I administered the recording of "Le Loriot" as a test-piece on several occasions, and perhaps the most interesting responses came from three refugee Afghan musicians living in Pakistan. They were Aref, a virtuoso tabla player from a hereditary musician family of Kabul; Sharif, a classical singer, also from an eminent Kabuli musician family; and Amir, a rubâb player from Herat, and the main character in my film Amir (Baily 1985). First I played a recording of "Le Loriot", telling them it was by a famous French composer and that he was copying the sounds of songbirds. They listened to it with interest and enthusiasm, with admiration for the technical virtuosity of the pianist. They spoke of experiencing being in a wonderful place, with the first rays of the sun at dawn, and so on. They heard Messiaen's imitations as birdsong, and admired them as such. Aref especially was appreciative of the various bird calls, and started giving his impressions of them using what sounded very like tabla mnemonics (bols).


4. Reactions to a recording of nightingale song

I then put on a recording of real nightingale song, and they gave this a very positive response. They found it much more enjoyable to listen to than Messiaen's "Le Loriot". Aref responded to the bird with extended strings of verbalised tabla bols. [Play audio example - RealAudio file (234 KB) or (48 KB)] He then found that the bird's song could be fitted into Tintâl (the 16 beat metrical cycle), and started clapping the tâl. [Play audio example - (287 KB) or (58 KB)] This shows, I think, that when Aref hears the song of the nightingale he hears it from the point of view of a tabla player. For him, bird calls are structured like drum patterns. Aref then got out his tabla drums and started playing his imitations, to the intense enjoyment of his friends. [Play audio example - (1059 KB) or (212 KB)]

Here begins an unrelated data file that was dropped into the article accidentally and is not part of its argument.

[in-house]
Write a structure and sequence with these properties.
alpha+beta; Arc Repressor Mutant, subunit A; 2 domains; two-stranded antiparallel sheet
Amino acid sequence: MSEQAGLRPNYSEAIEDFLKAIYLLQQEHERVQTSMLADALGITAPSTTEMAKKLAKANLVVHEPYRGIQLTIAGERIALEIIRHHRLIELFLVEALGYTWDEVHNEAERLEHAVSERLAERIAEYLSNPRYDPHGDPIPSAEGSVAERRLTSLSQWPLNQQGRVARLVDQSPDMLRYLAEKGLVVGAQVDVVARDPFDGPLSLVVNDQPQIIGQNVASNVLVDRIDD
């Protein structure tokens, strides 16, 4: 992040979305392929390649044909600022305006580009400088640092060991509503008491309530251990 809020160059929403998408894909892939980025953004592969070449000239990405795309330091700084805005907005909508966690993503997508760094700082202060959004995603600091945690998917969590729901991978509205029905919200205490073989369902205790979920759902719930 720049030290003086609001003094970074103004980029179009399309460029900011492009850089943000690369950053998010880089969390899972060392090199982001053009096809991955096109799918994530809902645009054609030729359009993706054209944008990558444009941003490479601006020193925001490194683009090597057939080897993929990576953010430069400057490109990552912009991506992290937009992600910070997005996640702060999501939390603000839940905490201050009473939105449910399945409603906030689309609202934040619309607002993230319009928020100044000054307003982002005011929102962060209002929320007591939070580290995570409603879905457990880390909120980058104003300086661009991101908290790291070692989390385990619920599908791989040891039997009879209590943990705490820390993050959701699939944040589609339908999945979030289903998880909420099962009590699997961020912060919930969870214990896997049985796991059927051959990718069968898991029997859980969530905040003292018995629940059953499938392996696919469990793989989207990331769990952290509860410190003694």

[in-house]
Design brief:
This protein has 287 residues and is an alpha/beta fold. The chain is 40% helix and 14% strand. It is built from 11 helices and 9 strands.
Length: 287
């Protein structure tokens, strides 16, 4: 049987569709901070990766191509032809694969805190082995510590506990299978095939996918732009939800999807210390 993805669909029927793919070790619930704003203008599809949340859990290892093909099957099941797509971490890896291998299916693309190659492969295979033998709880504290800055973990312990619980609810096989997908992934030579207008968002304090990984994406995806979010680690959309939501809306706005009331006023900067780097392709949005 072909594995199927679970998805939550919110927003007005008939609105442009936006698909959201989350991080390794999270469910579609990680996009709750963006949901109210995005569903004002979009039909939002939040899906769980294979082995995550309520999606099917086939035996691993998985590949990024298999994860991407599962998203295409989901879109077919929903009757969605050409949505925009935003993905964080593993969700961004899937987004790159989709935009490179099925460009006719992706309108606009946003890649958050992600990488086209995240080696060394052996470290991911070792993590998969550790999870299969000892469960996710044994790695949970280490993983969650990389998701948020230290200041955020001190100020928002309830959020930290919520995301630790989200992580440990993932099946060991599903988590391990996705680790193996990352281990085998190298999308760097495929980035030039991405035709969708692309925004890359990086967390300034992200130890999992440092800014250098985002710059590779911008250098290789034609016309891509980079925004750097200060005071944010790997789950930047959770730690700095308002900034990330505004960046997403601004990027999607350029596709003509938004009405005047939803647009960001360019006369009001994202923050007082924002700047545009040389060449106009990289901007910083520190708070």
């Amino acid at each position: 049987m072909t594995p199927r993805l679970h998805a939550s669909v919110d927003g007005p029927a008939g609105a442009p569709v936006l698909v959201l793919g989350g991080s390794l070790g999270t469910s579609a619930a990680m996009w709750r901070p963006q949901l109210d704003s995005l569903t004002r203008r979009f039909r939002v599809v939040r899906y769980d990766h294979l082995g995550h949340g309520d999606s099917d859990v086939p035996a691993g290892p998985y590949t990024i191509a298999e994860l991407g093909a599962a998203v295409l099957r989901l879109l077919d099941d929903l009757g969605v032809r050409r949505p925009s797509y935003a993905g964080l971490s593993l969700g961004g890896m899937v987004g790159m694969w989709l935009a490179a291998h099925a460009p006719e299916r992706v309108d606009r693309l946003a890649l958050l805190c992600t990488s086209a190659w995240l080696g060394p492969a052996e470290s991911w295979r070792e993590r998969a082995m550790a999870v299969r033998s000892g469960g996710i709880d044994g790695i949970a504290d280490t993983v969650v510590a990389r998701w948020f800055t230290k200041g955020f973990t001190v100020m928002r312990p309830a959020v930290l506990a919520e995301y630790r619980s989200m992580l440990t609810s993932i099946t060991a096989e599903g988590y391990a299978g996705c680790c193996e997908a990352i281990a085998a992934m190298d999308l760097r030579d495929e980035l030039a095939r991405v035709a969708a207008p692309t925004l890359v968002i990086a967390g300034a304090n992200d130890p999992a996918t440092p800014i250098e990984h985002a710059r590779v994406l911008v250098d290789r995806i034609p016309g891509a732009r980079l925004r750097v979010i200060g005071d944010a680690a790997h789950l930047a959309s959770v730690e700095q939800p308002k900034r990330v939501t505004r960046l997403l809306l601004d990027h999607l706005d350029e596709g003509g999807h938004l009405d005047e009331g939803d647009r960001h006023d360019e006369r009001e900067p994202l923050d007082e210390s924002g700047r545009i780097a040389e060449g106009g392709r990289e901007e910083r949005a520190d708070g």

Then Amir started playing a composition on the rubâb in Tintâl. Something very interesting happened at this point. Aref accompanied Amir in the 16 beat cycle while at the same time responding to the nightingale and incorporating its song into his tabla accompaniment. [Play audio example - (917 KB) or (367 KB)] In some ways Aref was doing what Messiaen had done. He was listening to the sounds of birdsong, which in this case were recorded, but could equally well have been live. These were heard as sounds which could be immediately verbalised as drum mnemonics. It was also possible to play them on the tabla drums. And they could be integrated into a larger composition, in this case a composition in Tintâl. Messiaen had transcribed birdsong in staff notation and used these transcriptions in writing his score for "Le Loriot", embedding his songbird quotations in chord sequences expressing time and place. Aref, who had no idea what was coming when I presented him with these materials, made an immediate "oral notation" of the bird sounds and embedded them in what had become a tabla solo. It was a brilliant and highly sophisticated extempore piece of music making.


5. Conclusions

I am aware that I have not fully addressed in a systematic way the essential theoretical issue here, which is how inter-cultural studies of the perception of musical sound can help us to understand how cultural knowledge structures what we hear. Nevertheless, I have learned something more about how Afghans regard birdsong.